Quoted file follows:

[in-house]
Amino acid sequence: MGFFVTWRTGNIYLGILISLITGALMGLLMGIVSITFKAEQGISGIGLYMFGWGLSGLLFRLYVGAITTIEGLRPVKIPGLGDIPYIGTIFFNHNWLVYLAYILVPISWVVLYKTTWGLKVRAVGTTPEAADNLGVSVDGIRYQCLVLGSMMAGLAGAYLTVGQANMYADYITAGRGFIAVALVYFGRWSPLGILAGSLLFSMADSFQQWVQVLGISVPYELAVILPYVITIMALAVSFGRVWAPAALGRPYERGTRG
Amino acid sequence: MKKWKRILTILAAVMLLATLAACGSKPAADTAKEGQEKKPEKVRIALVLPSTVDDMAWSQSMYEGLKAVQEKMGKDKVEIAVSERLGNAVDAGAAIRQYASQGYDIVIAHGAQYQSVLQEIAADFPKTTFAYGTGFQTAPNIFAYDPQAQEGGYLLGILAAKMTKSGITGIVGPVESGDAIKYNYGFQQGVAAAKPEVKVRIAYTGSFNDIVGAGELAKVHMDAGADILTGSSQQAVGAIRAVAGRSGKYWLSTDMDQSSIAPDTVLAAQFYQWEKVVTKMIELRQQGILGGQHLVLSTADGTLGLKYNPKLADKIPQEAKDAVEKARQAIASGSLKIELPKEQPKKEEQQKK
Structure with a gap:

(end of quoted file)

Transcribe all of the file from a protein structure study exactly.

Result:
[in-house]
Amino acid sequence: MGFFVTWRTGNIYLGILISLITGALMGLLMGIVSITFKAEQGISGIGLYMFGWGLSGLLFRLYVGAITTIEGLRPVKIPGLGDIPYIGTIFFNHNWLVYLAYILVPISWVVLYKTTWGLKVRAVGTTPEAADNLGVSVDGIRYQCLVLGSMMAGLAGAYLTVGQANMYADYITAGRGFIAVALVYFGRWSPLGILAGSLLFSMADSFQQWVQVLGISVPYELAVILPYVITIMALAVSFGRVWAPAALGRPYERGTRG
Amino acid sequence: MKKWKRILTILAAVMLLATLAACGSKPAADTAKEGQEKKPEKVRIALVLPSTVDDMAWSQSMYEGLKAVQEKMGKDKVEIAVSERLGNAVDAGAAIRQYASQGYDIVIAHGAQYQSVLQEIAADFPKTTFAYGTGFQTAPNIFAYDPQAQEGGYLLGILAAKMTKSGITGIVGPVESGDAIKYNYGFQQGVAAAKPEVKVRIAYTGSFNDIVGAGELAKVHMDAGADILTGSSQQAVGAIRAVAGRSGKYWLSTDMDQSSIAPDTVLAAQFYQWEKVVTKMIELRQQGILGGQHLVLSTADGTLGLKYNPKLADKIPQEAKDAVEKARQAIASGSLKIELPKEQPKKEEQQKK
Structure with a gap: